Attended stations ranged from 77 to 325 kilometres apart with the majority being over 160 kilometres apart. The Automatic Electric Staff system was operated for distances up to 138 kilometres.

The system proved to be a great success and enabled trains to be worked over very long "attended" sections. It was particularly suited to the Trans-Australian Railway where there was so little local traffic and where through traffic was the main priority.
  Train1959 Junior Train Controller


Fact 42 / 100 – Increasing the Electricity Supply in Port Augusta

During 1924 the Corporation of Port Augusta began taking electric energy from the Commonwealth Railways for the use of the town’s residents as well as their own buildings and residences. In 1927 and 1928 the supply was extended to include Davenport and Port Augusta West. To this end the existing Power Station’s capacity was increased.

Two 200kw generating sets were commissioned at the end of 1930 and a more powerful 500kw power generating set was commissioned in March 1931.

  YM-Mundrabilla Minister for Railways

Location: Mundrabilla but I'd rather be in Narvik

Fact 42 / 100 – Increasing the Electricity Supply in Port Augusta

During 1924 the Corporation of Port Augusta began taking electric energy from the Commonwealth Railways for the use of the town’s residents as well as their own buildings and residences. In 1927 and 1928 the supply was extended to include Davenport and Port Augusta West. To this end the existing Power Station’s capacity was increased.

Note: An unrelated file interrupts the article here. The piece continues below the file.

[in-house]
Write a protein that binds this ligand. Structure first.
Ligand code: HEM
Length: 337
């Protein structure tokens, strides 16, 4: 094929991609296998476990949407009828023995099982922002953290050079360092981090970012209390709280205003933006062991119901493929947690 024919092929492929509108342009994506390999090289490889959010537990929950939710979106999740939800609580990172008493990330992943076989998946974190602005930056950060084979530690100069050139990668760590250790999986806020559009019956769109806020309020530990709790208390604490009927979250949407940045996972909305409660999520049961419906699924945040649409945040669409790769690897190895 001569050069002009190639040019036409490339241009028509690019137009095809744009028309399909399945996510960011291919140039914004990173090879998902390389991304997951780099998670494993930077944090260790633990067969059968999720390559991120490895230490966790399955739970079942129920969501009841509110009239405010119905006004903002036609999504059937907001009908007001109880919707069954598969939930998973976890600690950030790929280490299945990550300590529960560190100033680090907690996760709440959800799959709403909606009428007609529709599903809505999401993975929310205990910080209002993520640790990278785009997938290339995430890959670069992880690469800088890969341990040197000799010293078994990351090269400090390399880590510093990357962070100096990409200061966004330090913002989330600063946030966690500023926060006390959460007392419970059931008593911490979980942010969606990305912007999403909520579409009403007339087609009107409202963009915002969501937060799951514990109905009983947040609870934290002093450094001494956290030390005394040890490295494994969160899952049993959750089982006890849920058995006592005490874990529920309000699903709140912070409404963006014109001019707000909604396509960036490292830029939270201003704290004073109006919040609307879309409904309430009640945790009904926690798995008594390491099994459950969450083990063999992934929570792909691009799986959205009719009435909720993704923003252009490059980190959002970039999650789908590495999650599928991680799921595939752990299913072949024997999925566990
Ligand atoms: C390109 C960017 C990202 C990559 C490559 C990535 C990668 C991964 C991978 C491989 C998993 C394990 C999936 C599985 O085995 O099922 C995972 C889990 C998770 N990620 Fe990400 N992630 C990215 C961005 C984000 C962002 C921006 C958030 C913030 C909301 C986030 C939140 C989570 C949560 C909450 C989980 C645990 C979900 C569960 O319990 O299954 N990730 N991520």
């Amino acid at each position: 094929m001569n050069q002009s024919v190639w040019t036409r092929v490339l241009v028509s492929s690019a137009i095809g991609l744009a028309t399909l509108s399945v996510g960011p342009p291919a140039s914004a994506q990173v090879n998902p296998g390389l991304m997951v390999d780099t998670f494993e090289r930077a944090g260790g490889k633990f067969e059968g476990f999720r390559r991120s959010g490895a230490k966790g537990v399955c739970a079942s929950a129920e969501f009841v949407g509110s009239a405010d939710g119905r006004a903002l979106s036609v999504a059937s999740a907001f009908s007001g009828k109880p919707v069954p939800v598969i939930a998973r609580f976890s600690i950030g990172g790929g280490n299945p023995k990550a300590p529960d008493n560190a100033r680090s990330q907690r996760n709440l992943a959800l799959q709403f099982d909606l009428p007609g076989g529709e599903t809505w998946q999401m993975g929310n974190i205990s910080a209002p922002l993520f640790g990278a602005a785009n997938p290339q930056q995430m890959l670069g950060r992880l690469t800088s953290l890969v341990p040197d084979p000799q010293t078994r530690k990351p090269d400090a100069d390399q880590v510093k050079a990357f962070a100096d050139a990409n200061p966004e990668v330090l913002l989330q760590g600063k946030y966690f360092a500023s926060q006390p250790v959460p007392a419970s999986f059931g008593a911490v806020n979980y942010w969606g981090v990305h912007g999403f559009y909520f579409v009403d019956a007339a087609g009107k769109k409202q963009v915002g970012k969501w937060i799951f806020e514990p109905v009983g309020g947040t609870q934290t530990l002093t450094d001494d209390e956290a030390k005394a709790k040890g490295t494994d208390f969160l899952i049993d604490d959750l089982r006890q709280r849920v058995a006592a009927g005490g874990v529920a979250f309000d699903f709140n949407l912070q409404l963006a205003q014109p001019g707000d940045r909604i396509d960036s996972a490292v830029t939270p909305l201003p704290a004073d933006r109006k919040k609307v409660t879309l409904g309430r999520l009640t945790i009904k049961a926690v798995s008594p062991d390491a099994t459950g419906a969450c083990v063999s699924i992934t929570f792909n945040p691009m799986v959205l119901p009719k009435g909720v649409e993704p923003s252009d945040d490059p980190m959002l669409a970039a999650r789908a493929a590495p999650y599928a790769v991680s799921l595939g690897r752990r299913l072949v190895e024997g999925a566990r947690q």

Two 200kw generating sets were commissioned at the end of 1930 and a more powerful 500kw power generating set was commissioned in March 1931.

Train1959
Thanks Train1959.
Do you or anyone else here on RP have any details of the engines/generators and voltages etc provided by the CR power station.
I have a very very vague recollection that CR was still generating some power into the 1960s which I assume was long after ETSA (or whatever they were called that day) would have been supplying town power in Port Augusta.
Very vague so any correction or additional info will be welcome.
  Train1959 Junior Train Controller

Check this out everyone...............

https://australiapostcollectables.com.au/content/dam/auspost_corp_microsites/collectables/documents/stamp-bulletins/stamp-bulletin-347.pdf?fm=search-organic

Proceed to page 6. Stamps out in July.

They will also be available on the day in October 22nd.
  Train1959 Junior Train Controller


Fact 42 / 100 – Increasing the Electricity Supply in Port Augusta